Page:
AMR To Cut Hours For EMTs; Cites Obamacare as Reason

American Medical Response Cuts Hours Citing Obamacare; Joins Regal Cinemas and Carl’s Jr.

Ambulance provider American Medical Response today announced that it is going to cut thousands of its EMT-Basic and EMT-Intermediate jobs from full-time 40-hour weeks and overtime to part-time status, working between 20 and 40 hours a week. COO Timothy Dorn, in a late-morning press release, stated the following to correspondents:
AMR ambulance
…well, we can’t afford to cover them with the current mandates coming in, and with decreasing reimbursements from insurance and Medicare, we can hardly keep the doors open and the shareholders happy. I understand that this will impose hardships upon many of our employees, but our greater responsibility is to the company, and the fact of the matter is that our EMTs are entry-level employees. We’re already paying them nearly three dollars over minimum wage in most of the company- they’re not generating revenue, and they’re not educated to the same standards as our paramedics. We’ve got to make sacrifices, and we’ve agreed as a leadership team that we’re going to cut back EMT hours. They’re already working eighty-hour weeks- it’s a safety issue too.” When asked what that meant for responses, Mr. Dorn shrugged. “AMR will meet its contractual obligations through judicious use of overtime for selected employees, increased hiring of part-time EMTs to assist our paramedics and realignments of our market presence to protect AMR’s investment in high-risk markets.”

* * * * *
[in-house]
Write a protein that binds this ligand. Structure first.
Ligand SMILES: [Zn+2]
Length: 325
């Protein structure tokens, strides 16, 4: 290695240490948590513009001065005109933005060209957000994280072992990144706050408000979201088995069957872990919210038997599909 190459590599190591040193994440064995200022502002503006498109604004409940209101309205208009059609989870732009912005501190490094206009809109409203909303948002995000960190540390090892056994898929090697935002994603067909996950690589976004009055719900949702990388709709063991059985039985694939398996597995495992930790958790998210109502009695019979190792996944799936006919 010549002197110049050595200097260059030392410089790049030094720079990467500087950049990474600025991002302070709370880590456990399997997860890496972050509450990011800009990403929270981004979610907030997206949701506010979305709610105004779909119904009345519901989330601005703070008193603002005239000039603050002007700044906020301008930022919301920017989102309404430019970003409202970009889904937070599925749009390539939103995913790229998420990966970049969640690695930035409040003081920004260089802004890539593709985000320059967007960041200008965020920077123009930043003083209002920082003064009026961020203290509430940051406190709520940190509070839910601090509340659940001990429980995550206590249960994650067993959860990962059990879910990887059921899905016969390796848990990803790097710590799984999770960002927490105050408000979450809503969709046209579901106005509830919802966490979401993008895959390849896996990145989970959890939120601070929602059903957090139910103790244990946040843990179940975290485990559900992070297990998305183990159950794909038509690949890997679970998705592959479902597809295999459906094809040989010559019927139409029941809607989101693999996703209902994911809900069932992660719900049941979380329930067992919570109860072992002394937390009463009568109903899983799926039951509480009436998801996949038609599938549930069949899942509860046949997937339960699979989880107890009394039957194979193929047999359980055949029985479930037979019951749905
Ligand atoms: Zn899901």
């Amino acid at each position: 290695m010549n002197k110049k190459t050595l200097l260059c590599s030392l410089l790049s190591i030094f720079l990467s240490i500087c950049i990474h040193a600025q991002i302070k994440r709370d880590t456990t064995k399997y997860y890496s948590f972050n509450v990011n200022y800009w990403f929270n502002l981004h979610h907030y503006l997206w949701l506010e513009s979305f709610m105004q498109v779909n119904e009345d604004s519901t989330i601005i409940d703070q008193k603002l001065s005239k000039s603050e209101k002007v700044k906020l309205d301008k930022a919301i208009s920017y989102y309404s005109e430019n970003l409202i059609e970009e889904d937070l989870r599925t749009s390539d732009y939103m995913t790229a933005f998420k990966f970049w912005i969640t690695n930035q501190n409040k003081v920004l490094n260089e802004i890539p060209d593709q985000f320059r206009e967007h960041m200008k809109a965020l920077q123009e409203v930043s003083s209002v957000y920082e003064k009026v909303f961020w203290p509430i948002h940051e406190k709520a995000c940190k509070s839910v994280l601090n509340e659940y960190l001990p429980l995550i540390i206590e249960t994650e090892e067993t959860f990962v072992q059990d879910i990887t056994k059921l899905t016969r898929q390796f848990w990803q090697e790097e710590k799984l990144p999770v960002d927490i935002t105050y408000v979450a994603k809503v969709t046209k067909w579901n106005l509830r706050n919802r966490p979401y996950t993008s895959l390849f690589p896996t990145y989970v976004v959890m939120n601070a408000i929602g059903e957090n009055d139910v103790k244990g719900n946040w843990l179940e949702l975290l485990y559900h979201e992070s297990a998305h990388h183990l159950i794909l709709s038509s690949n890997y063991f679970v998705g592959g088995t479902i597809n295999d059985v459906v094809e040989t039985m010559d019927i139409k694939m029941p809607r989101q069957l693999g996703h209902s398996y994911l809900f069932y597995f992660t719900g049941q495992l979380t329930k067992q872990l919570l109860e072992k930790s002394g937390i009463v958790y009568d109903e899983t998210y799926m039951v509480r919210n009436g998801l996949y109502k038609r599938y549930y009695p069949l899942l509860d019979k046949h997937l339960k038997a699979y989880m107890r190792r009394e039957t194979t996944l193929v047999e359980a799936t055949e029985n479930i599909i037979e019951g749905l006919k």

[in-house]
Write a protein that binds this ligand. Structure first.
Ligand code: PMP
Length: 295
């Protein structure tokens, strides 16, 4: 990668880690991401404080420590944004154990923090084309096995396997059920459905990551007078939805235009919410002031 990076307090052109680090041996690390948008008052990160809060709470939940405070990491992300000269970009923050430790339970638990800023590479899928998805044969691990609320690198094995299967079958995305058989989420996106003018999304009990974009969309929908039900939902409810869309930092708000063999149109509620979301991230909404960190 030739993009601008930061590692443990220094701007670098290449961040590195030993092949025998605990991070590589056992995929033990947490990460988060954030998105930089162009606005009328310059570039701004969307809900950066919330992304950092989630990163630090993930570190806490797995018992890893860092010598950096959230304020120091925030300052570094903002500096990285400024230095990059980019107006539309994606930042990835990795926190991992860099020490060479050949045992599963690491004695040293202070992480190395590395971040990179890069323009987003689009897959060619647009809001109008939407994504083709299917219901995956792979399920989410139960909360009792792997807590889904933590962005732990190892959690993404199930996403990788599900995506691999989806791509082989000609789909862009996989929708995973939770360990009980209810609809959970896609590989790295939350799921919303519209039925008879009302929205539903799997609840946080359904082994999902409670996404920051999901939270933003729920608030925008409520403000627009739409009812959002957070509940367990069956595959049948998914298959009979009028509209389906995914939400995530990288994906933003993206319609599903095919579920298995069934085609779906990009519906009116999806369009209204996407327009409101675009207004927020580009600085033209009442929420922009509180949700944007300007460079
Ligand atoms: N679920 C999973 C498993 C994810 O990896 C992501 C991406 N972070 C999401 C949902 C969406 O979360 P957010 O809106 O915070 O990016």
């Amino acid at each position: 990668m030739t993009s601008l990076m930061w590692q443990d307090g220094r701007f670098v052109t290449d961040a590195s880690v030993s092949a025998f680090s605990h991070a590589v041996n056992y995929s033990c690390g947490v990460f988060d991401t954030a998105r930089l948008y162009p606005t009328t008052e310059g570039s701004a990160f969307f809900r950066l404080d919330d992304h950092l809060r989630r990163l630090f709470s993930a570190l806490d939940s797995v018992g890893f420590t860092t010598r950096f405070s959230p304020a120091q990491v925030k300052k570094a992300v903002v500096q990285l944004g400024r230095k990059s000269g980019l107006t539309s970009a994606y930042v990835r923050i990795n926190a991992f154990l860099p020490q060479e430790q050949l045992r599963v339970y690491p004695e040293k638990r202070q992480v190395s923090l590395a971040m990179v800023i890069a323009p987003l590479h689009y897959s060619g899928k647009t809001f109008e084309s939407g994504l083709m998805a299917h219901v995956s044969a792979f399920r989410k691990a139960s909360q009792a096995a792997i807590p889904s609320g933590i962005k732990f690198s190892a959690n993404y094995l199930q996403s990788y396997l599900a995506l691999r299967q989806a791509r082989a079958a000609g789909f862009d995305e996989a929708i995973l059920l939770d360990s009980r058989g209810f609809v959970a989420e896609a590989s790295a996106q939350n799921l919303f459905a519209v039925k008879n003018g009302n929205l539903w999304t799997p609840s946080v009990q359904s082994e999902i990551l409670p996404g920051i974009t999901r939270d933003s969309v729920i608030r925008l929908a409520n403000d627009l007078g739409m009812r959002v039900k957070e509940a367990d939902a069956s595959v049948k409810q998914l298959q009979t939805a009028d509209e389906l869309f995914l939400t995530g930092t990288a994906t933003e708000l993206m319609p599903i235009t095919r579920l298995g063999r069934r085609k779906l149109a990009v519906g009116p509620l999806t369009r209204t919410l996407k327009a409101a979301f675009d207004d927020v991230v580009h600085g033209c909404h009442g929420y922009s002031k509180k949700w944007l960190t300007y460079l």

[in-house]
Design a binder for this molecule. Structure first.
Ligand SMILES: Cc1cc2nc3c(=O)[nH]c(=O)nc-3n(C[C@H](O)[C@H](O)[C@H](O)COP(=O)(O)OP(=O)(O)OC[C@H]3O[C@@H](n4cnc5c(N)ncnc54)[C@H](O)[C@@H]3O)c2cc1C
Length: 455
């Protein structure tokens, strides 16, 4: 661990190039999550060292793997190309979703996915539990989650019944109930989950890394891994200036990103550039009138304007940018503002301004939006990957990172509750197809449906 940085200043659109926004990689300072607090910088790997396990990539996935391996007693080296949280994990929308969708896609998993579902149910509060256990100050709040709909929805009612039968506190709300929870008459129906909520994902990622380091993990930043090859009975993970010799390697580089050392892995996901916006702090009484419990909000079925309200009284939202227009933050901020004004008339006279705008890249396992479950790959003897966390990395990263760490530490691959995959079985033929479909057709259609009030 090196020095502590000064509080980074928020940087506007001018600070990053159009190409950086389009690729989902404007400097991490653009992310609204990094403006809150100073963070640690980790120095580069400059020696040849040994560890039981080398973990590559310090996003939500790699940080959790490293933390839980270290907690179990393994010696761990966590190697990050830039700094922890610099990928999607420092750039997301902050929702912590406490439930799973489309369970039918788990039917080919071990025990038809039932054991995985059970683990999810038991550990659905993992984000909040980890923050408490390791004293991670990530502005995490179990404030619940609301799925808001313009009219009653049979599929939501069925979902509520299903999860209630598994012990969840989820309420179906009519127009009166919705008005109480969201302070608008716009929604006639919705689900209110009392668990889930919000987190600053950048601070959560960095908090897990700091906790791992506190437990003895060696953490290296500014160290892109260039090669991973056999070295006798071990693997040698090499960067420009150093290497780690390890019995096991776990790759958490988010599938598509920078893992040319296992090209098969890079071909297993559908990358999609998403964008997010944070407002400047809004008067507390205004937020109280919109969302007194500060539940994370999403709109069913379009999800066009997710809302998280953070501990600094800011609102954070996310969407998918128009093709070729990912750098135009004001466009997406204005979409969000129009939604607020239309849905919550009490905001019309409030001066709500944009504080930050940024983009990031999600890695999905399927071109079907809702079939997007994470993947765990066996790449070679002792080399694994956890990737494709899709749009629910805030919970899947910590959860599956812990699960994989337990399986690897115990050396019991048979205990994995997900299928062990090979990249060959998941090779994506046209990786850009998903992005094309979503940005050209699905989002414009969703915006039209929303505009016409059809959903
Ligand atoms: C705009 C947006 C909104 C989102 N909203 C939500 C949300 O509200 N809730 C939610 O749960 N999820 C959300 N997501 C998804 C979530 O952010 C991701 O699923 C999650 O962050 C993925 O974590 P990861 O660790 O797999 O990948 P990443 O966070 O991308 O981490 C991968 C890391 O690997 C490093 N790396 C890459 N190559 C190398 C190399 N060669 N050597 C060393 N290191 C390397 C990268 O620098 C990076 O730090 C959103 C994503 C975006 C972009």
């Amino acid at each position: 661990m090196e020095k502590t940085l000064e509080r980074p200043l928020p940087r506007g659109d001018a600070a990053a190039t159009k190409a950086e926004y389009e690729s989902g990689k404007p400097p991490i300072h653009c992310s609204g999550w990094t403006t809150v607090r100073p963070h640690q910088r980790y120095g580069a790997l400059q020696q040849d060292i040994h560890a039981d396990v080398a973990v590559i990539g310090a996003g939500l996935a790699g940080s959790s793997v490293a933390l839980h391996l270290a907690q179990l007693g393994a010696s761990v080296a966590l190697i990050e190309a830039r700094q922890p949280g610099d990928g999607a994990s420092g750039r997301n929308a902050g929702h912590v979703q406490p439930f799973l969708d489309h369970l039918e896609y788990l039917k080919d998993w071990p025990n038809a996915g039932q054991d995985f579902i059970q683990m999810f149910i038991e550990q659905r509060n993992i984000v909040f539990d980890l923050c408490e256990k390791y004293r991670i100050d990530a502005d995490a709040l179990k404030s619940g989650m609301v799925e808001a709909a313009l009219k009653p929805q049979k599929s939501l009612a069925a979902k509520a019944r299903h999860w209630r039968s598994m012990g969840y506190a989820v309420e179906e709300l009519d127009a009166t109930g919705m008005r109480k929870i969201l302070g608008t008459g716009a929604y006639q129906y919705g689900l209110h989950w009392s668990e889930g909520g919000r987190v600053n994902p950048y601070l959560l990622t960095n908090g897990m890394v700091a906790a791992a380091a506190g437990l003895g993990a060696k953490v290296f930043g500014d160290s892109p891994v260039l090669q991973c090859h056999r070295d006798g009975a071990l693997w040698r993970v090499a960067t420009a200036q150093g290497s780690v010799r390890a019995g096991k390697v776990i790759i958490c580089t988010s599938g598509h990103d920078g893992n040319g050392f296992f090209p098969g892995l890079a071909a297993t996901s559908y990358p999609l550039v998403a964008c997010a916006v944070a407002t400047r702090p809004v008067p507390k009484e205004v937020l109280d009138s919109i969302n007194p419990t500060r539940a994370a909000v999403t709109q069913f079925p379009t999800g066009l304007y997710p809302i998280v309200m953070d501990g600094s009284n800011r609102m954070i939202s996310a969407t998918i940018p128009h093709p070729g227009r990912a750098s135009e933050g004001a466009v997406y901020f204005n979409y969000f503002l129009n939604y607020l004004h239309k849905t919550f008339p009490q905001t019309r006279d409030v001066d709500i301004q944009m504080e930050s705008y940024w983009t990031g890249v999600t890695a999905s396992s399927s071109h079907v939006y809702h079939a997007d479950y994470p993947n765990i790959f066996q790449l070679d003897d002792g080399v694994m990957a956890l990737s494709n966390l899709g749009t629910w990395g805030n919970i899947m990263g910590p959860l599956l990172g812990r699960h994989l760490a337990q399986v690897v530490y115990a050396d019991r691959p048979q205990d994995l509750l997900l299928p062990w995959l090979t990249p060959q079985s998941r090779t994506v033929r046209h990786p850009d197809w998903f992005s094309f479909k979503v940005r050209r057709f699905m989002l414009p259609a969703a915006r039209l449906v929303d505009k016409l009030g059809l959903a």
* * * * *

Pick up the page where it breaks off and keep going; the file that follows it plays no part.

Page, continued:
Initial analysis of the new directives indicates that the average AMR EMT-Basic can expect to see decreases in hours starting in November. Mr. Dorn’s staff indicated that would-be EMTs should prepare resumes to meet expected hiring classes across AMR’s response areas in November and December- “a nice part-time Christmas job” as one staffer confidentially stated. The average AMR EMT wage is expected to remain stable at approximately $110 per working day.  Industry experts grudgingly concede that this is the first of what many expect to be a trend in ambulance services- the reduction of hours will allow many corporations to continue to reap profits even with minimal reimbursement from Medicare and shift health-care costs onto the government. “Getting rid of the employee health care takes a huge weight off in terms of costs- I think that AMR will finally be able to really invest in providing primary care with its paramedics. The profitability is enormous.” remarked one Envision junior executive, who declined to be identified. Attempts to reach AMR’s EMT union for comment were unsuccessful.

Industry competitor Rural/Metro was unavailable for comment; a recorded phone message reported that the corporate press office was disconnected.

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